Yudin was late braking as if he was slow to realise the steepness of the slope. As his foot pressed down, Jim fired the staple gun repeatedly into the back of his leg. Yudin jumped, cursed and swiped downwards as though he thought he’d been stung and completely lost the chance to brake. For good measure Jim fired again, this time at his hands on the wheel. Again, Yudin reacted instinctively to the pain.

Too fast and too uncontrolled to take the bend, the car swerved up on to the side of the road and towards the drop. Yudin found the brake again, his partner grabbed the handbrake, but the car went crunching to a halt on the boulders. Jim and Chris were ready, and there was no following vehicle this time. Chris kept them both from the worst of the impact, though they hit painfully enough against the seats in front. Jim had forced open the side door before the Russians could recover.

Adrenaline temporarily masking pain enough for them to move quickly, they’d begun a frantic sideways descent of the gorge, and were now probably thirty or forty feet below the road and rather more than that downstream. Jim could hear that the Russians were still up by the car, more concerned at the moment about the damage to it—and themselves—than about starting to search for their prisoners.

It should be safe to take a few more minutes. He wondered if there was any part of him that didn’t ache. His control of his senses was costing him what little energy he had left, but he managed to focus on the scent of the water by ignoring hearing and sight. It was cold, clear and fast moving. Not what the doctor would have ordered for burns, but Larabee knew that, and it was clean enough to make the risk worth it for the relief it must be bringing. Jim joined him, scooping cold handfuls over the cuts on his face, and drinking gratefully.

“That’s better.”

“Yeah. Better not stop here too long though. Do you have any idea where we are?”

Jim had made some guesses over the course of the night. “Not too far inland, I’d say. If we go downstream, we might cross the coast road, or at worst we should get to the sea. I can probably work out where I am from there.”

“Down works for me,” Chris agreed. “Not sure either of us is up to climbing. I can’t see much though. Can you use your sight?”

“For now. It’s giving me a hell of a headache.”

“You could get us further away from here, anyway.”

The cold water had helped a little. Jim got slowly to his feet and allowed his sight to open up until the night was grey and shadowy rather than impenetrably dark. It wasn’t just a question of how long he could see the way, he wasn’t sure that they could go much longer without a proper rest. They were both unsteady enough to be at risk of a fall, and a broken ankle would just about finish things. When he’d tested the scent of the water, he’d caught the smell of the scorched skin and blisters on Chris’s arm—not deep but extensive; for himself, the effect of whatever Brackett had used had never completely worn off. They were cut and bruised everywhere, and hadn’t eaten since the morning.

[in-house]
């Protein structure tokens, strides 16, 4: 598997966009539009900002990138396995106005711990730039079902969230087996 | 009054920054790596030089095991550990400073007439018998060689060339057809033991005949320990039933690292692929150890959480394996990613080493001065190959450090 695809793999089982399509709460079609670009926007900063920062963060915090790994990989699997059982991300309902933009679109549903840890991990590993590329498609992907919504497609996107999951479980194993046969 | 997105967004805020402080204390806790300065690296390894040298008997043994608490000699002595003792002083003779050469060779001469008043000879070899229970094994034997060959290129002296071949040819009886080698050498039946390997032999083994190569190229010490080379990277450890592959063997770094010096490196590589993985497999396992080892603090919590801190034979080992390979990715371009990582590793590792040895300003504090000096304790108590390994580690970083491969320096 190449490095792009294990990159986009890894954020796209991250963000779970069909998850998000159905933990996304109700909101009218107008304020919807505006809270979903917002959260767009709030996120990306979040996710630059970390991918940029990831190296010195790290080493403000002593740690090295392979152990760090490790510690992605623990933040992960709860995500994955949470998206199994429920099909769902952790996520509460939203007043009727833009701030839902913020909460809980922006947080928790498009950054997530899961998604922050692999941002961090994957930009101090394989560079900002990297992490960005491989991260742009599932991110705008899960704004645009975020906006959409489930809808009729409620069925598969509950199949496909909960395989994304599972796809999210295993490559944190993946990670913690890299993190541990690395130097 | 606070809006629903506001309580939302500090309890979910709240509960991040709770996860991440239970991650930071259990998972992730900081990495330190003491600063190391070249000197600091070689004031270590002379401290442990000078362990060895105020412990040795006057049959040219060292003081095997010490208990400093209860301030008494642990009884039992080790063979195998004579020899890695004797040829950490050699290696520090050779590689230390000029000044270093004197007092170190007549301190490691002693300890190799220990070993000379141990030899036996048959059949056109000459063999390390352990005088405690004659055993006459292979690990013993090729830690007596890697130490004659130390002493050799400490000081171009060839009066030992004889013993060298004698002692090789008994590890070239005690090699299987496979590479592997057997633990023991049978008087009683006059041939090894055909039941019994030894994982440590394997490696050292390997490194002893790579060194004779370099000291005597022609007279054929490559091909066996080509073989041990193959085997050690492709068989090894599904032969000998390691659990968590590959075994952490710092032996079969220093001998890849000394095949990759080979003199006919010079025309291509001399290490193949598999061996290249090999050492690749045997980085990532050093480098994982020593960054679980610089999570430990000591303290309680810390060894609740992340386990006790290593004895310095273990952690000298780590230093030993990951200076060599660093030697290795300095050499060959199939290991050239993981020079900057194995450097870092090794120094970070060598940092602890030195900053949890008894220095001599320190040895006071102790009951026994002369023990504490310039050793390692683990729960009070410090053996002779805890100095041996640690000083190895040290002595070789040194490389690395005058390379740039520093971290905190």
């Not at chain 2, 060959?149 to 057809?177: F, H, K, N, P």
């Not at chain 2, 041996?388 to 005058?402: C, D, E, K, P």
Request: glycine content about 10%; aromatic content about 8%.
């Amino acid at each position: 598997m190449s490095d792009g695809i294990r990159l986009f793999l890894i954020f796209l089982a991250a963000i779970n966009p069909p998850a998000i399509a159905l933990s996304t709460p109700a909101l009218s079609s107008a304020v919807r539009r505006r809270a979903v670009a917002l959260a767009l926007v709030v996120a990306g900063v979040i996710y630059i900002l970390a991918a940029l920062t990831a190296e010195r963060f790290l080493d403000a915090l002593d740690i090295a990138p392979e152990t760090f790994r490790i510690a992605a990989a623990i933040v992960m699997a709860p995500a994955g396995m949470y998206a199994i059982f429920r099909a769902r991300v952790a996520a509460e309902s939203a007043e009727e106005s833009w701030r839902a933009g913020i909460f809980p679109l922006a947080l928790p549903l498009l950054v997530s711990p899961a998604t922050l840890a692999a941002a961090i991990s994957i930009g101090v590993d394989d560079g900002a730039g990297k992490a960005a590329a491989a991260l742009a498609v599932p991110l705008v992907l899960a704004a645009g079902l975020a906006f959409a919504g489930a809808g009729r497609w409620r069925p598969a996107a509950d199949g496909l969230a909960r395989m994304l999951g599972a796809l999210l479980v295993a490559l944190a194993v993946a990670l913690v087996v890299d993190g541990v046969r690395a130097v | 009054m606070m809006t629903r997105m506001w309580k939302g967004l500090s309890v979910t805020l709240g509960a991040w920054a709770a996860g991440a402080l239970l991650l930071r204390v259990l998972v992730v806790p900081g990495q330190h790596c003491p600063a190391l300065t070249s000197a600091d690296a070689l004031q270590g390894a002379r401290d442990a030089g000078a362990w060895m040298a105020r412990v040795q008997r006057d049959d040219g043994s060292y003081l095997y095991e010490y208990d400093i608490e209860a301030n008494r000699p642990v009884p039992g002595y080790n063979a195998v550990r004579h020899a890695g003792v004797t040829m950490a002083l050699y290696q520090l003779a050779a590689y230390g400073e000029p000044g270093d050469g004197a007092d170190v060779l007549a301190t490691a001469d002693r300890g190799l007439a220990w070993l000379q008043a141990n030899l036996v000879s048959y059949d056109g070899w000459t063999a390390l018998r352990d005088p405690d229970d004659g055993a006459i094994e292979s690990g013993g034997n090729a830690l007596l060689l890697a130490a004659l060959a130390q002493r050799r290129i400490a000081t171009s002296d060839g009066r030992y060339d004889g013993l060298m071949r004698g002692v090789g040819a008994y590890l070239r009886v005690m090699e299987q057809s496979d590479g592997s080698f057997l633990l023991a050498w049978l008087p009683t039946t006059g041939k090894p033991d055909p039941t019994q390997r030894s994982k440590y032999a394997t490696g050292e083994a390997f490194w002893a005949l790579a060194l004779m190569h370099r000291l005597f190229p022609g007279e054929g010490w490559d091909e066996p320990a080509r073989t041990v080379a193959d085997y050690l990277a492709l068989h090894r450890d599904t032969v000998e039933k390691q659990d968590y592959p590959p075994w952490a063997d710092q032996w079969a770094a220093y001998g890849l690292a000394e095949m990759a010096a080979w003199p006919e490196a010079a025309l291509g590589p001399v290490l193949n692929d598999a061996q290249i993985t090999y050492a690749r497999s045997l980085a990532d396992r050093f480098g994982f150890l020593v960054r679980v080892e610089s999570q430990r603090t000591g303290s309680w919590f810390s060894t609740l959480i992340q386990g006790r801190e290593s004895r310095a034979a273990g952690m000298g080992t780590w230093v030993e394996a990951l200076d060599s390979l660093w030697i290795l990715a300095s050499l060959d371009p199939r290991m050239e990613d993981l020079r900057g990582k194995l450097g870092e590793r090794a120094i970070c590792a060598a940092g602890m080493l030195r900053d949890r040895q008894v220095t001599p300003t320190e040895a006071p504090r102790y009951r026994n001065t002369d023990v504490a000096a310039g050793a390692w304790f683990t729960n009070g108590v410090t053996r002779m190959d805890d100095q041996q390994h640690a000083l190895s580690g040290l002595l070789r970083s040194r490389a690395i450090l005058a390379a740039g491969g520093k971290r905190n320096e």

He shrugged the thought off, and started to walk, making sure he gave Chris plenty of warning of the obstacles that were clear to Jim but virtually invisible to him.

“What time do you think it is?” Chris muttered. Brackett, of course, had taken their watches.

“Not more than a couple of hours to dawn, at a guess.”

“Be easier when it’s light.”


His sight was beginning to cut in and out, making him feel slightly sick. Behind him, Chris stumbled over a boulder. They were making some sort of progress though, and there was no sound of pursuit.

They went on like this for perhaps half an hour, then Jim had to stop. His vision was seesawing, and he was getting close to leading them both into disaster. Chris put a hand on his arm, his harsh breathing testifying to the fact he, too, was pretty much at the end of his strength. With his eyes closed, Jim listened. He’d already noticed something different about the sound of the water up ahead. Now he managed to concentrate on it for a moment.

“I think the stream goes through a tunnel or conduit,” he said, recognising the sound. “It echoes. Maybe fifty, a hundred yards ahead. Might be a place we could rest up.”

They picked their way there much more slowly than they had been going when Jim had been able to use his sight, but he’d judged it right. Some seventy yards ahead they came to the concrete opening. It was bigger than Jim had expected, though they’d have to crawl to get into it. Of course, at some times of year the stream would be much fuller. He checked it out. It was about twenty feet long and seemed to have been built to carry the stream under a double fence. They’d come to the edge of someone’s estate.